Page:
Budget season has begun

Budget season has begun

24
0

Ella Jones
Managing Editor
and
Penny Scott
Editior–in–Chief


The shortfall for Lane’s upcoming budget is $620,000, and the college administration has been seeking campus-wide input into finding ways to balance the budget.

On Feb. 4 at the Center for Meeting and Learning approximately forty people listened to speakers from the administration as they presented relevant measurable data and other impacting factors. People then gathered in small groups to brainstorm ideas. That evening, at the monthly board meeting, board members were also presented with budget information and discussed several factors and options.

Tuition currently stands at $98 per credit hour, and increases of either $1.50 or $2.00 per credit hour were discussed. The former would bring in extra revenue totaling approximately $412,500 and the latter would generate $550,00. Both estimates are based on enrollment staying at the current level.

Vice president for college services Brian Kelly said that freezing tuition rates would be challenging, stating that no changes to tuition rates would conservatively mean a loss of $700,000 in tuition revenue due to multiple student entry and exit points.

Either of the tuition increases would likely make Lane the most expensive community college in the state of Oregon for resident students. At Portland Community College tuition is currently at $92 per credit hour, Chemeketa Community College stands at $94 and Umpqua Community College at $85.

The college is also hoping for additional state funding. It is not yet known if $500 or $535 million will be the final allocation for the 2015 – 2016 school year. The $535 figure would mean an increase of $2.1 million more than was allocated for the 2014 – 2015 school year. The possibility of an increase in state funding is one of the many unknown variables that are beyond the college’s direct control and make budget planning difficult.

Another unknown is enrollment levels, which play a big part in the budget. Recently, Lane saw a 12 percent drop in enrollment. This is a significantly higher percentage than enrollment drops at other community colleges across the state, which do not pass 9 percent.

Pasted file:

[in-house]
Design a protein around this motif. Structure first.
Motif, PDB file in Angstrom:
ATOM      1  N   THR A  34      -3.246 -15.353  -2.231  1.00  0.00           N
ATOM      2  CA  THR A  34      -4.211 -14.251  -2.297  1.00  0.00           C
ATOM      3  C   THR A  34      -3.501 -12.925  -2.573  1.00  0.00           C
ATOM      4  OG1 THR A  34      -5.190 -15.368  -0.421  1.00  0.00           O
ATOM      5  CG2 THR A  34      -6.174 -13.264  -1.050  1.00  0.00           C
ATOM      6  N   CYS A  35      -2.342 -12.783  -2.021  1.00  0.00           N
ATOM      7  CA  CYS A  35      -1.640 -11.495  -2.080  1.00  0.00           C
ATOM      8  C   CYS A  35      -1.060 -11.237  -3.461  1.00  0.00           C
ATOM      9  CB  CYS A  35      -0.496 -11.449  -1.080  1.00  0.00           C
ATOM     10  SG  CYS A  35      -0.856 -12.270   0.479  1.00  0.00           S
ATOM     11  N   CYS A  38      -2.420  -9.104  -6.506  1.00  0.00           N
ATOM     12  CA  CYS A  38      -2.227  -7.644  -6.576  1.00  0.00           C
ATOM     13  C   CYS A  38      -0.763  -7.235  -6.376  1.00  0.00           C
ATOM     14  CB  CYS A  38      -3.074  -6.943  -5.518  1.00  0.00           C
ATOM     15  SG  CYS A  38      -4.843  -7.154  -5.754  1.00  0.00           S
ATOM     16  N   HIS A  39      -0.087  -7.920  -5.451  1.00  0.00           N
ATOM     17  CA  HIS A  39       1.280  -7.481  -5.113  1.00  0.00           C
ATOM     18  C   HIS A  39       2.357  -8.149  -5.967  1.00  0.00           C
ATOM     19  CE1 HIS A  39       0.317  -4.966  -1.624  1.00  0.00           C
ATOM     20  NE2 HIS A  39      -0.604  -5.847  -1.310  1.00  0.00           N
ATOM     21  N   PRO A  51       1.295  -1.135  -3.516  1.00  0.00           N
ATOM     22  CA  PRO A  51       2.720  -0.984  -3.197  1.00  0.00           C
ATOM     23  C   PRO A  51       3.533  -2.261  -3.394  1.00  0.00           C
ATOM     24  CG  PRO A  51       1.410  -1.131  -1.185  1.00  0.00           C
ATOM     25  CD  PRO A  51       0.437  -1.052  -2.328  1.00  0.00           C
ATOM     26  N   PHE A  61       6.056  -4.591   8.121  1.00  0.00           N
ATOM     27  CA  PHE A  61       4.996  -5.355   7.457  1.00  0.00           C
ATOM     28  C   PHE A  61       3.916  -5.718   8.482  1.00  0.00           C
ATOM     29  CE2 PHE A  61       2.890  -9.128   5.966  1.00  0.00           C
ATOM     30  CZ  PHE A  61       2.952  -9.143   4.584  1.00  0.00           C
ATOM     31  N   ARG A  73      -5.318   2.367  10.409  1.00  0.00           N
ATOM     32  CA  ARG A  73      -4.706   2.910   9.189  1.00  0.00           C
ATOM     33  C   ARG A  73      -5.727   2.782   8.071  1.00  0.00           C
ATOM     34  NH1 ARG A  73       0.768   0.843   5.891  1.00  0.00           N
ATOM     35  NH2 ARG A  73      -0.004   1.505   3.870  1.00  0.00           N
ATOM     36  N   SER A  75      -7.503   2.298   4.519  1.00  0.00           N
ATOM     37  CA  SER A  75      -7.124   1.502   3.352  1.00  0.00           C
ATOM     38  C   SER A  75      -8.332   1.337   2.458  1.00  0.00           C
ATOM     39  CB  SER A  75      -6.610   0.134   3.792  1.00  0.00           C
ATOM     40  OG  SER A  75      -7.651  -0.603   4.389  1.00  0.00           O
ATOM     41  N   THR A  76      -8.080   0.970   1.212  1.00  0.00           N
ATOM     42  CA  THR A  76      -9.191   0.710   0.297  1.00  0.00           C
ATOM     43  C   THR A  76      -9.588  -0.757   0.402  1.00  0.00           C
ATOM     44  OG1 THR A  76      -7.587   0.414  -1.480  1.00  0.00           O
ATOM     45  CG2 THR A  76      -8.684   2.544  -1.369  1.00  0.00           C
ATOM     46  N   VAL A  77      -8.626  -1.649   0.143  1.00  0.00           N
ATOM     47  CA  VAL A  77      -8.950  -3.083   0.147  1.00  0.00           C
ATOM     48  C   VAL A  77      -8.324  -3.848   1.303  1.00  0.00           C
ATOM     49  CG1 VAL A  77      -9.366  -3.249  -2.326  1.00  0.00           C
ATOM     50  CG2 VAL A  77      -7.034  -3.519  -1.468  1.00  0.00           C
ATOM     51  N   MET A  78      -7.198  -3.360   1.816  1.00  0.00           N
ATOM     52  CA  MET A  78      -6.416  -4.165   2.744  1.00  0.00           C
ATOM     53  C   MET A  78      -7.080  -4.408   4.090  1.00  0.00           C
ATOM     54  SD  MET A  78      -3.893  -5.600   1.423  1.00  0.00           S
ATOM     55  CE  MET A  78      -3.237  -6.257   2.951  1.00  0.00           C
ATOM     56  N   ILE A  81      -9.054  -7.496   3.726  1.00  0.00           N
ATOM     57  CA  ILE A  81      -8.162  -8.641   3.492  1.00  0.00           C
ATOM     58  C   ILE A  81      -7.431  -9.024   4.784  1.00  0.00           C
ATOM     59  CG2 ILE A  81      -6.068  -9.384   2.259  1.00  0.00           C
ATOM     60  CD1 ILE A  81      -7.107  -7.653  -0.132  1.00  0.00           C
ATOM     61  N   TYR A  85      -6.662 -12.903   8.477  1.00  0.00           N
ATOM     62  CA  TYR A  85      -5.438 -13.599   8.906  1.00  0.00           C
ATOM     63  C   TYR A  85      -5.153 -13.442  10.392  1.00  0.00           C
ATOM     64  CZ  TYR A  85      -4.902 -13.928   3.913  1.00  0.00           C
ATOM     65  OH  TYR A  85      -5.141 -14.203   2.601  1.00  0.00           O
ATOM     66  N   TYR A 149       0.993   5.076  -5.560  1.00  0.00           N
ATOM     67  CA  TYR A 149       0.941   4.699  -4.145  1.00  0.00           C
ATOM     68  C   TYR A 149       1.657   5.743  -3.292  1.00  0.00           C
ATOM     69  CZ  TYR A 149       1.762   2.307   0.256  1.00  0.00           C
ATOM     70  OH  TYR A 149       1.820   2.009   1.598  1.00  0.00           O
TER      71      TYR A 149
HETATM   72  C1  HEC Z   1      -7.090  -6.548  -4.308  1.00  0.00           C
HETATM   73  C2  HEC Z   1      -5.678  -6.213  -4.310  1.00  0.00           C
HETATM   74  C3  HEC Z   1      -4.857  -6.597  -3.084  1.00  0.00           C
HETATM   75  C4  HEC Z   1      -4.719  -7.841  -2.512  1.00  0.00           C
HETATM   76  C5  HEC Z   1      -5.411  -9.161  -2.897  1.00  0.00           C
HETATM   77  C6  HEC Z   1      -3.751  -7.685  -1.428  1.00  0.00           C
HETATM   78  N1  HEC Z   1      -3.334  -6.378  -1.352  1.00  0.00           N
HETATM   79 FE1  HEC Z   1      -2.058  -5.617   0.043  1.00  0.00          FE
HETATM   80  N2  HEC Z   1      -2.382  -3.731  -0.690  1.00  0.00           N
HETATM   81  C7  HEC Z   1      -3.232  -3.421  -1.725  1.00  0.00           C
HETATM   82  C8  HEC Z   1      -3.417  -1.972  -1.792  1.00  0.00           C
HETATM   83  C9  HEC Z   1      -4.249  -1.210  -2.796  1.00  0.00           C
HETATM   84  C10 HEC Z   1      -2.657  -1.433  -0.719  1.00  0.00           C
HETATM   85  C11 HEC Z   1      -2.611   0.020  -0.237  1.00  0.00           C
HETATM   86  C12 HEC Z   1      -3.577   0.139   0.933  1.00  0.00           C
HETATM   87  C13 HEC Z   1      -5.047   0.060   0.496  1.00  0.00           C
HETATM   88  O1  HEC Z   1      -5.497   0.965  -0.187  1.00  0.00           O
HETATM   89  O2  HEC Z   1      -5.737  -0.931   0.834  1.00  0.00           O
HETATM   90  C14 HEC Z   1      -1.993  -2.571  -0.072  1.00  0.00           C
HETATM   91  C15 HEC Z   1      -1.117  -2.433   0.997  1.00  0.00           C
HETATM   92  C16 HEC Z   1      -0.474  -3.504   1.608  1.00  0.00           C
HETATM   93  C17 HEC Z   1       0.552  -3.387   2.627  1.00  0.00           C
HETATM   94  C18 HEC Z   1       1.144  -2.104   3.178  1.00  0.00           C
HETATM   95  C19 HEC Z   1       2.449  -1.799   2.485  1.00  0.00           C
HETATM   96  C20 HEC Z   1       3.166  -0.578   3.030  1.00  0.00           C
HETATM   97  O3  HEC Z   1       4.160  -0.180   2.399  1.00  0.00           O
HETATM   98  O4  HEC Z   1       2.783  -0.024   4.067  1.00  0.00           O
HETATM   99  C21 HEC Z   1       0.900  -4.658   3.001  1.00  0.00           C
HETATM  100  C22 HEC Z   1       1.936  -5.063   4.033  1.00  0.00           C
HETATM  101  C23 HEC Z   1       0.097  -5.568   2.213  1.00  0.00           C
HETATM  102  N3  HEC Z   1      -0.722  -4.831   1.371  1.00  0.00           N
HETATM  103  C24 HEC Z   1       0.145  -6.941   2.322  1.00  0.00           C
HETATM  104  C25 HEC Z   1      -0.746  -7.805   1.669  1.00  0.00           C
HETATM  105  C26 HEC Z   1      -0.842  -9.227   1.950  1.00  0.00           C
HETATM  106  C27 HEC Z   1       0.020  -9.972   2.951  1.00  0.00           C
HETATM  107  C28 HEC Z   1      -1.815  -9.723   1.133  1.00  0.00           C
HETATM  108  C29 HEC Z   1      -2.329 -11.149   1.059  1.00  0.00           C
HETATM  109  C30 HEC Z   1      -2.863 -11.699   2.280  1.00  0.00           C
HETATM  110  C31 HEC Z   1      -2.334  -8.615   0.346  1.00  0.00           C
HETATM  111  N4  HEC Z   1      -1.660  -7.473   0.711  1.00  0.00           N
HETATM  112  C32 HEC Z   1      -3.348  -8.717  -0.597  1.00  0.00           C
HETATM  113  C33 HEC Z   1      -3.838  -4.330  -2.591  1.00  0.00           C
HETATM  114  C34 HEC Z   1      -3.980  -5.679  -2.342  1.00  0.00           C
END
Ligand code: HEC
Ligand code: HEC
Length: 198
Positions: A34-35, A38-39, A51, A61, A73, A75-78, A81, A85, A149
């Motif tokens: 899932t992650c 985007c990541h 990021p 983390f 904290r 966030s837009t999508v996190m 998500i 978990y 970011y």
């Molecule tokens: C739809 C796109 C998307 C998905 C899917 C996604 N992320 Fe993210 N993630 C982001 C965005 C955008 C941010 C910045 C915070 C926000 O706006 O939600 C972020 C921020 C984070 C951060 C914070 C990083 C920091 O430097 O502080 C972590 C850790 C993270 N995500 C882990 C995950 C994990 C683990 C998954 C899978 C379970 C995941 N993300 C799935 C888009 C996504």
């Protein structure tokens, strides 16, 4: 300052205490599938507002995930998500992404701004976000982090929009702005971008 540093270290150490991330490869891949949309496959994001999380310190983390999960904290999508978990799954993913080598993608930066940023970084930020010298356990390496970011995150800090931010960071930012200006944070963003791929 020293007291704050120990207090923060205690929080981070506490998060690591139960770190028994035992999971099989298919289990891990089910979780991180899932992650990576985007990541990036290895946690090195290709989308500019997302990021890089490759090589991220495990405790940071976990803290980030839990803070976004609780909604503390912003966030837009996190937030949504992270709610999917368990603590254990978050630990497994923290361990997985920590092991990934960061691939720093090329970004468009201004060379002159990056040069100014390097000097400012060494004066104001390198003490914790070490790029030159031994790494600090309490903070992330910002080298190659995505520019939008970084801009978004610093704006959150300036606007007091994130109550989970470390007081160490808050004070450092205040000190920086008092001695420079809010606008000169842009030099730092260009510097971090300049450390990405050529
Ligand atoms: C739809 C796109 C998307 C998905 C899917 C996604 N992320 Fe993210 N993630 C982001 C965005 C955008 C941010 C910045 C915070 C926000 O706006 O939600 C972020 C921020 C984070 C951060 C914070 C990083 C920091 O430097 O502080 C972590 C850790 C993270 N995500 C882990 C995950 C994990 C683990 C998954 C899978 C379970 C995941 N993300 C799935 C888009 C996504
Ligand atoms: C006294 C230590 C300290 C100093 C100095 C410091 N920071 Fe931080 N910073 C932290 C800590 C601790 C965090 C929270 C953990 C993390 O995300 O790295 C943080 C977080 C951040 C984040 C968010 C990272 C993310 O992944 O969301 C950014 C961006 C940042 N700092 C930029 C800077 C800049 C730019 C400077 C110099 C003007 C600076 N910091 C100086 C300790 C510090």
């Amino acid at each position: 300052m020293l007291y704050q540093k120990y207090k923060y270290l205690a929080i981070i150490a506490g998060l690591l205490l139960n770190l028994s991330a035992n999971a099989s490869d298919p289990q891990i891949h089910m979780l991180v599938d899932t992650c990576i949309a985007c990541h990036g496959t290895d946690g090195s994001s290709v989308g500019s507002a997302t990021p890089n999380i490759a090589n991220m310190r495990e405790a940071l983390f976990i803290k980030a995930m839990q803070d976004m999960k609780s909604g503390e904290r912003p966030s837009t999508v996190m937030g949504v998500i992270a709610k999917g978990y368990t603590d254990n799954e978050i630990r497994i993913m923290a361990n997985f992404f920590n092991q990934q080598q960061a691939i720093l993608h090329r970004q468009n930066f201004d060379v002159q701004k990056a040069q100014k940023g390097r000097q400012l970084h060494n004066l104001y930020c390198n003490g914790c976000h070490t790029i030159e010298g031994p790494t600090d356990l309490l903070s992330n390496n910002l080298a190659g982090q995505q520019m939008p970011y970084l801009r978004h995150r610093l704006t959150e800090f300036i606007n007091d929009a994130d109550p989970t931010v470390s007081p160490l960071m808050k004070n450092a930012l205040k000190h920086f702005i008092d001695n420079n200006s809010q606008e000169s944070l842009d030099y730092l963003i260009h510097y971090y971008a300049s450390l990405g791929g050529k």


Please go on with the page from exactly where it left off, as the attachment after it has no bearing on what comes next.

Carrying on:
A further enrollment drop of 10 percent would result in a deficit of $2.75 million. Alternatively, a 10 percent increase would result in a budget increase of $2.75 million.

Retired Lane dean, Don McNair is back on a part-time basis helping administrators with special projects. He informed the board, that in his opinion, the enrollment decline is likely to continue for another two years before it plateaus. He said that general education enrollment is down 16 plus percent and career technical is down about 20 percent. This, according to the previous four cycle periods, McNair said, indicates that the decline has further to go.

Board members discussed the current $27 per term transportation fee. Kelly said that the fee covers parking lot maintenance, some security expenses, LTD bus passes and funding for Bike Lane and other transportation programs.

Board member Matt Keating said that Lane is the only higher education institution that he has been involved in that hasn’t charged an application fee for new students or a parking fee. Keating said that a parking fee would send a clear message that the college cares about its carbon footprint, would encourage people to choose other transportation, would help monitor who is on campus and generate needed revenue for the college.

Board members agreed that the expenses involved in implementing a parking fee would not be cost effective. Lane president Mary Spilde added that the $27 transport fee was implemented in lieu of a parking fee.

Regarding the $12 athletic fee, board member Gary LeClair commented that the fee applies to all students and asked if there has been push back from students. Spilde responded saying that the courts have upheld fees for services that don’t apply to all students as long as colleges remain viewpoint neutral on the decision.

Board member Rosie Prior suggested that the college consider using reserve funds to get through the current financial situation. “What constitutes a time in history when I should look to reserves to endeavor to support an organization that’s struggling to destabilize itself?” Prior said. “It strikes me, this is one of those times in history.”